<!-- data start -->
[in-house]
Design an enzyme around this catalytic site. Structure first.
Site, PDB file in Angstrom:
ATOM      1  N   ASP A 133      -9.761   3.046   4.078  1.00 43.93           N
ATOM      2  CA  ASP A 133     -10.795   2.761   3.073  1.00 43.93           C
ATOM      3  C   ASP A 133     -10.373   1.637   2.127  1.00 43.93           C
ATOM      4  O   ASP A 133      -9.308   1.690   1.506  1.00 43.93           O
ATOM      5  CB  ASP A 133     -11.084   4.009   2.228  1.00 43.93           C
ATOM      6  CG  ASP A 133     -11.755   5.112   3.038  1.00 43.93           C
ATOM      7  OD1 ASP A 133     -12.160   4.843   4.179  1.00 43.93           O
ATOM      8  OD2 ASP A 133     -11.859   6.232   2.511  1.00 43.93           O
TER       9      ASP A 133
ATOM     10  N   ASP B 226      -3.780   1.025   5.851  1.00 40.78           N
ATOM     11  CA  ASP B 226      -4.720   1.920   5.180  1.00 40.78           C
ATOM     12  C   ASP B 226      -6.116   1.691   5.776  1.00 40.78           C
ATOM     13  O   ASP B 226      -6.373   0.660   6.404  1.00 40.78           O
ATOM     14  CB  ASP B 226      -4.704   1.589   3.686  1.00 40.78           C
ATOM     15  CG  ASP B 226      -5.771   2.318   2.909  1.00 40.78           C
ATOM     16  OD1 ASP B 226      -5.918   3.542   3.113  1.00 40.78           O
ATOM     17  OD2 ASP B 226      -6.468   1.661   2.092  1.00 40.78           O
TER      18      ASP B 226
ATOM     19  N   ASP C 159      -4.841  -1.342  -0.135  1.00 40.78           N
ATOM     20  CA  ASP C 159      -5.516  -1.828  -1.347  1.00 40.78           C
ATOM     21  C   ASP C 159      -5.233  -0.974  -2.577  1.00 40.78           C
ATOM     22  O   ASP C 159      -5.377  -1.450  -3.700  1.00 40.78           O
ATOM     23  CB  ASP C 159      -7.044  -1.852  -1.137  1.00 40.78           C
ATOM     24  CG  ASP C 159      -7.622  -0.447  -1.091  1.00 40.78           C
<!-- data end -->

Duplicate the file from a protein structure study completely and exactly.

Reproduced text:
[in-house]
Design an enzyme around this catalytic site. Structure first.
Site, PDB file in Angstrom:
ATOM      1  N   ASP A 133      -9.761   3.046   4.078  1.00 43.93           N
ATOM      2  CA  ASP A 133     -10.795   2.761   3.073  1.00 43.93           C
ATOM      3  C   ASP A 133     -10.373   1.637   2.127  1.00 43.93           C
ATOM      4  O   ASP A 133      -9.308   1.690   1.506  1.00 43.93           O
ATOM      5  CB  ASP A 133     -11.084   4.009   2.228  1.00 43.93           C
ATOM      6  CG  ASP A 133     -11.755   5.112   3.038  1.00 43.93           C
ATOM      7  OD1 ASP A 133     -12.160   4.843   4.179  1.00 43.93           O
ATOM      8  OD2 ASP A 133     -11.859   6.232   2.511  1.00 43.93           O
TER       9      ASP A 133
ATOM     10  N   ASP B 226      -3.780   1.025   5.851  1.00 40.78           N
ATOM     11  CA  ASP B 226      -4.720   1.920   5.180  1.00 40.78           C
ATOM     12  C   ASP B 226      -6.116   1.691   5.776  1.00 40.78           C
ATOM     13  O   ASP B 226      -6.373   0.660   6.404  1.00 40.78           O
ATOM     14  CB  ASP B 226      -4.704   1.589   3.686  1.00 40.78           C
ATOM     15  CG  ASP B 226      -5.771   2.318   2.909  1.00 40.78           C
ATOM     16  OD1 ASP B 226      -5.918   3.542   3.113  1.00 40.78           O
ATOM     17  OD2 ASP B 226      -6.468   1.661   2.092  1.00 40.78           O
TER      18      ASP B 226
ATOM     19  N   ASP C 159      -4.841  -1.342  -0.135  1.00 40.78           N
ATOM     20  CA  ASP C 159      -5.516  -1.828  -1.347  1.00 40.78           C
ATOM     21  C   ASP C 159      -5.233  -0.974  -2.577  1.00 40.78           C
ATOM     22  O   ASP C 159      -5.377  -1.450  -3.700  1.00 40.78           O
ATOM     23  CB  ASP C 159      -7.044  -1.852  -1.137  1.00 40.78           C
ATOM     24  CG  ASP C 159      -7.622  -0.447  -1.091  1.00 40.78           C